The behavioural impacts of Just in Time (JIT) in the Interim & Gap Management market

The inspiration for today’s thought piece is a small and medium sized enterprise (SME) and now our new definition namely MELE (Medium Enterprise to Large Enterprise) decision making styles and abilities.

Our enquiry runs along the lines of discussions and conversations we have observed in the Interim and Gap Management market.

If decision-making and more importantly the ‘pre-engagement life-cycle’ time has shrunk, is that why some Interim and Gap Managers (I&G) are extremely busy and run off their feet and others not?

Is it a pure marketing and reputation effect the busy I&G Managers are facing versus the ones ‘on the bench’ or is it because SME, MELE and to some extent large corporate clients have delayed resourcing and strategic decisions to the extent of jeopardising the normal pre-engagement fact finding life-cycle?

Finally, if JIT and agile decision-making is here to stay, will the client community still allow the I&G Manager enough time to do the really value-added stuff, which is spend enough time understanding the culture, environment and agenda of the organisation in order to help shape the changed future state?

Was Kurt Lewin wrong with his Change Management Model of ‘Unfreeze – Change – Re-Freeze’ cycle that in an agile planning and development world, there is just no more time to ‘Re-Freeze’ the changed organisational state?

theMarketSoul ©2011

The economics of Gap (Interim) or Freelance Management

We thought it about time to write an opinion piece on the dynamics (economics) around the Interim Management market, delivered from a UK perspective.

This is a purely thought piece and opinion, not support by empirical research, but grounded in economic theory and an observation of the ‘state of the current market’.

The inspiration for this is an article we published last year entitled “Increased Friction Costs“. For background on the meaning and usage of Friction Costs, please refer to the definitions used in the original article.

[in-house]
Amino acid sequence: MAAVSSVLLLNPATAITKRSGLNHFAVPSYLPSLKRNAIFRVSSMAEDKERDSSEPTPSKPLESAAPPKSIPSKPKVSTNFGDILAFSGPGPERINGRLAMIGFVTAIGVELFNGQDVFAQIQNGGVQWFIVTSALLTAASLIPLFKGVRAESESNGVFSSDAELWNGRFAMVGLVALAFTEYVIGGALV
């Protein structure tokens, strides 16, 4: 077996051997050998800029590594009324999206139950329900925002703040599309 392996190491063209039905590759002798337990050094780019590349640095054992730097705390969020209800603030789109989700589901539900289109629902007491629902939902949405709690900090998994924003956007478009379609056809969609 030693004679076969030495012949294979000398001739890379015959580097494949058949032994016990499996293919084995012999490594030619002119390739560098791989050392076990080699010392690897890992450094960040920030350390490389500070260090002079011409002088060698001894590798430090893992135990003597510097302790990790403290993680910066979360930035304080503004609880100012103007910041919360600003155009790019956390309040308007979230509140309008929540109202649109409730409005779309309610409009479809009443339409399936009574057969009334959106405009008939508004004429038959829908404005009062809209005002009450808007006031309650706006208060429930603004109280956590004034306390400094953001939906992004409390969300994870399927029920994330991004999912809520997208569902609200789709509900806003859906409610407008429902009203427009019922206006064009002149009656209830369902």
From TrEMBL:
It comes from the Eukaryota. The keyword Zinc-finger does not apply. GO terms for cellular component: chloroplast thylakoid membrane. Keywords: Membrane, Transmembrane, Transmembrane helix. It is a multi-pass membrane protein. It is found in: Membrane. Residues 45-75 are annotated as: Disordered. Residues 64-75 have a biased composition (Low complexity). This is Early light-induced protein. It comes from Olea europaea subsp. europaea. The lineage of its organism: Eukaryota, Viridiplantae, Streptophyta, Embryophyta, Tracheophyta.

Let’s face facts. Interim Management was borne out of the margins of Friction Costs. Filling the gap that naturally exists where ‘full employment’ is just never possible. Highly skilled and mobile individuals. However, this is also exactly where the rub sits. IM was borne on the ‘margins’ of the bell curve and not in the middle of that curve. Whether it is natural friction or crisis friction that drives it, the fundamental principle of IM is scarcity, flexibility and mobility. Items that typically cannot be addressed in rigid Labour Market framework and market conditions.

So what has changed?

Well, that scarcity has become mainstream. Evidence for this is the IIM survey results, listing at least 600 ‘claimed’ Interim Service Providers in the REC Directory. Or, maybe the definitions have become blurred. Plenty of anecdotal evidence for this exists on and in discussions in this forum.

Too many Interim Service Providers (ISPs) and too many would be Interim Managers (IMs) have flocked to the margins of the bell curve and confused the message, for both would be clients, ISPs and IM themselves.

Calls for the EIM (Executive Interim Management) label are attempts to create another differentiator. Accreditation itself is another differentiator and this is something the IIM supports and is seeking to grow, particularly with the Agency Workers Regulations in mind.

Basically, in order to add value, we need to realise that there is a ‘natural market’ for IMs, but at the moment that natural market is flooded with confused messages, symbols, participants, etc.

Any comments and opposing views are welcomed.

theMarketSoul ©1999 – 2011